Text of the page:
Of the 465 female patients included in the ISCVT cohort, 314 were eligible. The 75 centers that included these patients in the original cohort were invited to participate. Thirty-two centers, corresponding to 193 of the eligible patients, agreed to participate. One hundred and nineteen patients gave informed consent. One patient refused to provide consent, and 73 patients could not be reached. The baseline characteristics of participants and nonparticipants were similar (Table I in the online-only Data Supplement). The 32 participating centers were spread across countries (Table II in the online-only Data Supplement). Most included patients lived in high-income countries (100 patients, 84%). The median follow-up was 169 months (minimum 135 months).
Eighty-two pregnancies occurred in 47 women (Figure). The mean age at the index CVT in patients after pregnancy was 23 years (SD, 5). The mean age at pregnancy was 30 years (SD, 5; minimum 19, maximum 41). Sixty percent of pregnancies occurred in women with a permanent risk factor identified at the time of the index CVT, and in all remaining cases, at least 1 transient risk factor was found. Eight pregnancies occurred in women whose index CVT occurred during pregnancy/puerperium. The distribution of risk factors is described in Table III in the online-only Data Supplement.
Rate of Recurrent CVT and Noncerebral VTE Associated With Pregnancy
There was 1 recurrent CVT among 82 pregnancies after CVT (12 per 1000 pregnancies; 95% CI, 2–66). This recurrence was observed in a woman whose index event, 31 months before, was associated with oral contraception and protein S deficiency. The recurrence was diagnosed in the first trimester (gestational age, 10 weeks), and the patient was receiving low-molecular-weight heparin (LMWH) in prophylactic dosage at that time. The pregnancy proceeded but was further complicated by intrauterine growth restriction and preterm labor. The mother received LMWH at therapeutic dosage and fully recovered in the follow-up.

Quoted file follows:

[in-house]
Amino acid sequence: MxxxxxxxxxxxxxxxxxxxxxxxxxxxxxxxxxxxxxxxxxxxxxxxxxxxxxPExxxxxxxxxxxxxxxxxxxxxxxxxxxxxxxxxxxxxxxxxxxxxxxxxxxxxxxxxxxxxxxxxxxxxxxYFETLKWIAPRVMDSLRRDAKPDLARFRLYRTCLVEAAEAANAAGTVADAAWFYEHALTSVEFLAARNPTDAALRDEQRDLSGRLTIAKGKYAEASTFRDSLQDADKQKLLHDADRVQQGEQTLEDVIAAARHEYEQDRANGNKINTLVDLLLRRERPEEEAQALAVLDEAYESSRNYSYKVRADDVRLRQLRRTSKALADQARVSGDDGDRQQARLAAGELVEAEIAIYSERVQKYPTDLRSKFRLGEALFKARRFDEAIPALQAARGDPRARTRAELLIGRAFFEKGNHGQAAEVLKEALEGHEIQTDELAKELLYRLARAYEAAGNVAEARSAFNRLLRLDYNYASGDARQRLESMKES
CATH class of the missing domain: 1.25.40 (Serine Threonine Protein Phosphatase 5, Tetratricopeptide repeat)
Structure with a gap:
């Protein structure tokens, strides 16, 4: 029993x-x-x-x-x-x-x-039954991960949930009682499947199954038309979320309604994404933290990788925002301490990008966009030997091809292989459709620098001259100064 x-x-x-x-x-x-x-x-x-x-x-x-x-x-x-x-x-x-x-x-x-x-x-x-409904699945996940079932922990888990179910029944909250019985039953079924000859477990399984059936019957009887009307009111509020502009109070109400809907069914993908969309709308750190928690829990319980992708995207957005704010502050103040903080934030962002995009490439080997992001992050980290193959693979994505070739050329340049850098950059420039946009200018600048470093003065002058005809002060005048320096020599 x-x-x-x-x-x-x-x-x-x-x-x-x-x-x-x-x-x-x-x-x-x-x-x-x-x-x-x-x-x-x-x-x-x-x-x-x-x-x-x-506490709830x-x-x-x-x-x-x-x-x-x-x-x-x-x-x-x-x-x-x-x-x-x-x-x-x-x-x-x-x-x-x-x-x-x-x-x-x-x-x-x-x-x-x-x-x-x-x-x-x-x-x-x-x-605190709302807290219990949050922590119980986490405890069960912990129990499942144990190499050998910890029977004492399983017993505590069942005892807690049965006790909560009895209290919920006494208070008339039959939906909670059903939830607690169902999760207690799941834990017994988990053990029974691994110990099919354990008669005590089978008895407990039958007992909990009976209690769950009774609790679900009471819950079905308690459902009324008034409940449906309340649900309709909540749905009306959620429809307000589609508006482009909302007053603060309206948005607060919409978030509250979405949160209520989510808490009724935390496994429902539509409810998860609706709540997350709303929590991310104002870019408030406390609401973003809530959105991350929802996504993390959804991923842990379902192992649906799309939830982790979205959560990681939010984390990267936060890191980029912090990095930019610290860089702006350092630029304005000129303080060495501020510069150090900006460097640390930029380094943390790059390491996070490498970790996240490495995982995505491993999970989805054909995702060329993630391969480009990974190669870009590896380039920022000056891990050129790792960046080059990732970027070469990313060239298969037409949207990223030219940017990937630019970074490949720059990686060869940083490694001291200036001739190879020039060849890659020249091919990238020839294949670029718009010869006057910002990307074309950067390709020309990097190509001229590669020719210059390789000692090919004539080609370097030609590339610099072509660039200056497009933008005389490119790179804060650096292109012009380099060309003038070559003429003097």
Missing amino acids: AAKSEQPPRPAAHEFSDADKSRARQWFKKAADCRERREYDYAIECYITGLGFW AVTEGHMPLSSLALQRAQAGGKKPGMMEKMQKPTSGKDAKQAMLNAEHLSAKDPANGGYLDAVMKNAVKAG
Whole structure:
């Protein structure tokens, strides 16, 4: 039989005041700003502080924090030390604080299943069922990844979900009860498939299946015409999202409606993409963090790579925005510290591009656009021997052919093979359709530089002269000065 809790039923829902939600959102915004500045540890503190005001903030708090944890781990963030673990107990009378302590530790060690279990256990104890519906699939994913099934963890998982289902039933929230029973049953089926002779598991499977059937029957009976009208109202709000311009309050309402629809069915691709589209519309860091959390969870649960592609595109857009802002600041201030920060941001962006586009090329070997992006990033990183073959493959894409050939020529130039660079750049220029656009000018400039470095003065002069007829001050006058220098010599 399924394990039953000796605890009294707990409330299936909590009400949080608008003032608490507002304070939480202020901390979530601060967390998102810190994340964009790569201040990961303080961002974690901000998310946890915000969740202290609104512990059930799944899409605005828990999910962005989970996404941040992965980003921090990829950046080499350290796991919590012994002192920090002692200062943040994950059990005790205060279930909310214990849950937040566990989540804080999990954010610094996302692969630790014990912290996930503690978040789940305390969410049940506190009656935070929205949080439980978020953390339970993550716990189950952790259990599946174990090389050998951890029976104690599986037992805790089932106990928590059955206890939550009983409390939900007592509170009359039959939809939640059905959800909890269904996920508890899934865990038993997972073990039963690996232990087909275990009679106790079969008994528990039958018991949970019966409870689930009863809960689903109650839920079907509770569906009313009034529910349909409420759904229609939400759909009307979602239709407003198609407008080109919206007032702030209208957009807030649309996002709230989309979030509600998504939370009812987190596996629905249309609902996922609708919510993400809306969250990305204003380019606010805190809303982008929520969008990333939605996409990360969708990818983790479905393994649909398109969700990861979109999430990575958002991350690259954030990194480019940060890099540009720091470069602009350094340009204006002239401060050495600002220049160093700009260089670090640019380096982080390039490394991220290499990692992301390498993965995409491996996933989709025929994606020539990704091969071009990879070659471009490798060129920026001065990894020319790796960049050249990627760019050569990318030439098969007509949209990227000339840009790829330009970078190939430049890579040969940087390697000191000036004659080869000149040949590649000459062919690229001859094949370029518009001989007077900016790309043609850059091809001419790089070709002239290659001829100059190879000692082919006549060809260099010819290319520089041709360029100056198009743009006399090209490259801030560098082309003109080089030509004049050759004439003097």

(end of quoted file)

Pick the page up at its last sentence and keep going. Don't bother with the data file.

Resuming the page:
Noncerebral VTE occurred in 2 pregnancies (24 per 1000 pregnancies; 95% CI, 7–85). Both women had a diagnosis of deep vein thrombosis during puerperium, together with pulmonary emboli in one of them. In the latter, deep vein thrombosis and pulmonary emboli occurred despite prophylaxis with LMWH. The index CVT occurred during the postpartum period in association with protein S deficiency. The former was not receiving any antithrombotic prophylaxis after cesarean section. Her index CVT was associated with oral contraception.
The majority of women received antithrombotic prophylaxis during pregnancy and puerperium, predominantly LMWH (66% of third trimester pregnancies and 61% of puerperal periods; Table IV in the online-only Data Supplement). The antithrombotic therapy in each pregnancy trimester and postpartum period is described in Figure I in the online-only Data Supplement.
Other Maternal Outcomes
Maternal medical complications were reported in 10 pregnancies (12%; Table V in the online-only Data Supplement). There was 1 case of maternal death because of eclampsia in a woman whose index CVT was related with oral contraceptives and was not receiving any antithrombotic prophylaxis.
Fourteen pregnancies ended in spontaneous abortion, resulting in an overall crude risk of 17% (95% CI, 11–27). Other fetal outcomes are described in Table VI in the online-only Data Supplement. Stratification of miscarriage according to antithrombotic prophylaxis (after exclusion of induced abortions) shows a significantly different rate among treatment groups: 8 of 24 pregnancies in women without prophylaxis versus 1 of 26 pregnancies in women receiving heparin; relative risk, 0.12 (P=0.03). Five of 10 women who took oral anticoagulation during the first trimester had spontaneous abortion/stillbirth. Three cases of congenital malformations (4%) were reported, all in women receiving antithrombotic prophylaxis during the first trimester.
We were able to include in this follow-up study 119 women at fertile age with prior CVT. During a median follow-up of 14 years after CVT, these patients had 82 pregnancies. VTE related with pregnancy occurred in 3 women, including 1 recurrent CVT. Although this cohort is multinational, this study mostly describes patients from high-income countries followed at tertiary centers. A large proportion of patients received antithrombotic prophylaxis, with a rate of LMWH prescription ≈60% during the third trimester and puerperium.
We found an overall rate of 12 recurrent CVT per 1000 pregnancies (95% CI, 2–66) and 24 noncerebral VTE per 1000 pregnancies (95% CI, 7–85). These results are in accordance to those described in a prior systematic review.4 This low event rate makes the current sample unpowered to detect statistically significant differences between antithrombotic prophylaxis strategies. The rate of spontaneous abortion was 17%. Again, this result is in accordance with the prior systematic review.4 A significantly lower proportion of spontaneous abortions occurred in patients receiving heparin. Although a recent systematic review suggested no clear benefit of LMWH in preventing recurrent pregnancy loss in women with thrombophilia,6 lack of statistical power because of small sample size cannot be excluded. Other studies are in accordance with our findings.7